Fair enough. Netflix works on everything so they can keep getting my money :-P

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Ultimate Geek
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  Reply # 1186090 1-Dec-2014 09:13
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tdgeek:
Jas777: Fair enough you now own it.

But it is ironic with all the new online streaming services that people said would benefit people that for quite a few it is actually going to be worse than currently at a increased cost.


Explain the higher cost?


I was meaning in the sense of multiple providers.  If it continues the way it is then you will need Netflix, Lightbox, Neon, HBO, Showtime etc just for TV and Movies. Then the various providers of sports coverage if you are into that.  

And even worse is the extra cost (maybe not in dollar terms) of having to run the applications for the various providers which operate differently and require a certain degree of technical knowledge if errors occur.


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  Reply # 1186108 1-Dec-2014 09:42
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Lightbox: Hi guys,

Just wanted to point out a couple of news today:

- We've released a new version of our iPad app on the app store


WOOT! Can't wait to take this for a spin. I see it lists the pause bug as one of the fixes. Thats been our only real bugbear with your service. 




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Lightbox

  Reply # 1186247 1-Dec-2014 11:48
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jarj: Is it going to be streaming concurrently when it airs in the US? Or is it going to be available once the season finale ends like netflix?


We have the rights immediately after an episode has aired in the US - there's a little bit of turn around time, but we'll have it up ASAP after it has aired.




Lightbox - we are online TV.



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Lightbox

  Reply # 1186262 1-Dec-2014 11:54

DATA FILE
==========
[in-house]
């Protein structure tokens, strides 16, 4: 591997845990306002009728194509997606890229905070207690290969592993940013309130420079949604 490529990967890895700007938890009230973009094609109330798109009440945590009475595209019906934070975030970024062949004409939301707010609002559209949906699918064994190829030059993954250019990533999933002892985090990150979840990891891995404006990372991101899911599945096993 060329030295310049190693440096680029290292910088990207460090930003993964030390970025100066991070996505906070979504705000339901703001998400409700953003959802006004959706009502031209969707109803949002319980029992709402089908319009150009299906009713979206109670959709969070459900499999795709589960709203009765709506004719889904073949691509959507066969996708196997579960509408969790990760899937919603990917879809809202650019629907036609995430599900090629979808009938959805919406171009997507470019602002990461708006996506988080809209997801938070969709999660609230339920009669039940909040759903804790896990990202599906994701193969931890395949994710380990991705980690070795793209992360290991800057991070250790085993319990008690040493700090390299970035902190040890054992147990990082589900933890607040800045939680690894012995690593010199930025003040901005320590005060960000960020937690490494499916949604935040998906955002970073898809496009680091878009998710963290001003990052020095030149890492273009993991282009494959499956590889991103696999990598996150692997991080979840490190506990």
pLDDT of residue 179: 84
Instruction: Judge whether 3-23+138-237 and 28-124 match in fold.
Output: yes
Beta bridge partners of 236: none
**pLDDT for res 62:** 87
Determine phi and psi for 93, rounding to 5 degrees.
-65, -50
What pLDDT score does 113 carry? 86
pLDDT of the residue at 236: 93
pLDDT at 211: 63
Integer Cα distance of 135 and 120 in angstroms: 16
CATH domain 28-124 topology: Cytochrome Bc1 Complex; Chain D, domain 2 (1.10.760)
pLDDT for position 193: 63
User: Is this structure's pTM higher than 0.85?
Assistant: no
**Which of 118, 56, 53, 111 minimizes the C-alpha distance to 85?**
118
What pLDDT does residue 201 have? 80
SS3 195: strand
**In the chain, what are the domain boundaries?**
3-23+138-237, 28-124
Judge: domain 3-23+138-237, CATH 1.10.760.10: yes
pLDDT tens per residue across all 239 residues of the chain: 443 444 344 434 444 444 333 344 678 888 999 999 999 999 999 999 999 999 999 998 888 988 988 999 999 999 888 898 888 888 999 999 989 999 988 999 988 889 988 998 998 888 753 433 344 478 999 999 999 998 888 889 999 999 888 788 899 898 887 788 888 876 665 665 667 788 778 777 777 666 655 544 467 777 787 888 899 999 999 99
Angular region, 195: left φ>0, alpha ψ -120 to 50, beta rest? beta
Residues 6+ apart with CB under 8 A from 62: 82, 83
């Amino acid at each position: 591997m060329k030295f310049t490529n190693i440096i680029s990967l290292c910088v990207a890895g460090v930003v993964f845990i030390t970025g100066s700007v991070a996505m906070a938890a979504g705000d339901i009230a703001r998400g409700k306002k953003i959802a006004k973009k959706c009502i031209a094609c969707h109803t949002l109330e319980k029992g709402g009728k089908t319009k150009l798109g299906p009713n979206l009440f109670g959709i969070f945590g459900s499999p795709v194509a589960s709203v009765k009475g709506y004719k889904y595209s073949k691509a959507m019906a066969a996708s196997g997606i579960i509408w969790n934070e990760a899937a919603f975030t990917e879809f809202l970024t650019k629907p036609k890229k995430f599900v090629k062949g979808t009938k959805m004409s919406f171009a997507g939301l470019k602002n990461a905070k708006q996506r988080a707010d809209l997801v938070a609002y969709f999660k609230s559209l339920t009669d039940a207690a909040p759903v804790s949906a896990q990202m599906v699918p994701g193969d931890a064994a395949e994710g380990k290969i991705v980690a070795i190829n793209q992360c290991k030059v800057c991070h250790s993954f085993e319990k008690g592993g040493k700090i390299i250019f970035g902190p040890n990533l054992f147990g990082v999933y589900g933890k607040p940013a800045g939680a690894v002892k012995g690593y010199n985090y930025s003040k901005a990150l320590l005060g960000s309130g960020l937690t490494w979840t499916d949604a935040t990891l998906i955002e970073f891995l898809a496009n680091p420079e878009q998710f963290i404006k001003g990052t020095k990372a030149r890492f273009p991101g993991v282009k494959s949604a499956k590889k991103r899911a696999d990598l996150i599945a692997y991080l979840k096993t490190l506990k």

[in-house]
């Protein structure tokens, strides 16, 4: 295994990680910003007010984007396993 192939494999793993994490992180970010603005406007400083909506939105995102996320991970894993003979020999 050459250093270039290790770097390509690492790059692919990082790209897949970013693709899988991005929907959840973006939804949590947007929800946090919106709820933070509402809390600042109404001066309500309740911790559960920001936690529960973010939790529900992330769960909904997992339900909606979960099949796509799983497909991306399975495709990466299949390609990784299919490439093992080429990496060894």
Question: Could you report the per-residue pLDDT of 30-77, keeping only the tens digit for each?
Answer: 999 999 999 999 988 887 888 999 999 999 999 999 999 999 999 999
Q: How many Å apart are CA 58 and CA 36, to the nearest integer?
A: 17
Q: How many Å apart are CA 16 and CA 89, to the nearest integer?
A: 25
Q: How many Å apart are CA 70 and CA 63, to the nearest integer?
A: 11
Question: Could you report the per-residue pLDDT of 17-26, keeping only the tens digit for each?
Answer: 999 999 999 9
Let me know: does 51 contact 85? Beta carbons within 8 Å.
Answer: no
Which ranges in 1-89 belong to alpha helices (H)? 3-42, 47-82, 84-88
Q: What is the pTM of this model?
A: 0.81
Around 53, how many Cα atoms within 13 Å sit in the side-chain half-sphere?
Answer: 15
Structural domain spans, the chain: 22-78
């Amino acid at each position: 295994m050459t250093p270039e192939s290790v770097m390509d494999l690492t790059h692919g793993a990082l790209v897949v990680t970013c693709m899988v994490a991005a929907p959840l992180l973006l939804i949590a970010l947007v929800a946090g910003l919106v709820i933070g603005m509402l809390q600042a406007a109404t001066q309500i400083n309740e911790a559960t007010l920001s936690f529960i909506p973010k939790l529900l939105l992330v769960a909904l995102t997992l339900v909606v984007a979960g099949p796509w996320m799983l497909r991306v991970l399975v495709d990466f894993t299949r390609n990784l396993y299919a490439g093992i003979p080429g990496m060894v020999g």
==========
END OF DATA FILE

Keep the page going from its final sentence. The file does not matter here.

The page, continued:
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JimmyH: 

This is something you are going to have to address very quickly if you want a hope of widespread uptake.

Both my media player options (2x WD Live TV, Minix X8-H android box) support Netflix and Hulu out of the box. While I do have a Samsung TV, it is an older non-smart one.

Personally, if I'm going to watch films they will be on a decent sized TV with good sound etc connected. Plus, I have no really interest in faffing around with connecting the laptop when I have decent media players connected and networked.

Limiting yourself to people with newer Samsung sets means that, from the get go, you are limiting your subscriber base to only a fraction of the market. That's silly at the best of times. When you are in competition with other services (Netflix, Hulu, Quickflix, Neon), in an environment where the market won't support that many players long-term and it's only those who quickly build a viable subscriber base that will survive, it's plain suicidal.

Make the investment. Release a generic android client ASAP. They get on to the other main makes of media player and TV as quickly as you can. Otherwise, you are likely dead in the water from the outset.

And don't worry too much about heavy investment in "protected video" - bypassing this is trivial no matter what you do plus, if you offer a really good streaming service, most people will never bother. Those that would will likly torrent anyway - so no loss. (Note: before the flaming starts, I'm NOT advocating Piracy, which I don't endorse. I'm just stating simple realities)




We'll add other clients at a steady pace going forward, but none of the players that you've listed are really mainstream in New Zealand and building anything bespoke for them is hard to justify. So, we'll definitely support more big screen options soon enough, but don't hold your breath for a WDTV app. 

Investing in protected video isn't really optional. If you want to distribute premium content, you'll need to live up to the security requirements of the content owners. Otherwise you're not going to be distributing anything. Pretty simple, really.




Lightbox - we are online TV.

xpd

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  Reply # 1186263 1-Dec-2014 11:54
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Lightbox:
jarj: Is it going to be streaming concurrently when it airs in the US? Or is it going to be available once the season finale ends like netflix?


We have the rights immediately after an episode has aired in the US - there's a little bit of turn around time, but we'll have it up ASAP after it has aired.


This will be an interesting race..... Lightbox release vs <insert TV release group> release ;) 







XPD / Gavin / DemiseNZ

 

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https://www.xpd.co.nz - Games, geeks, and more.     Now on BigPipe 100/100 and 2Talk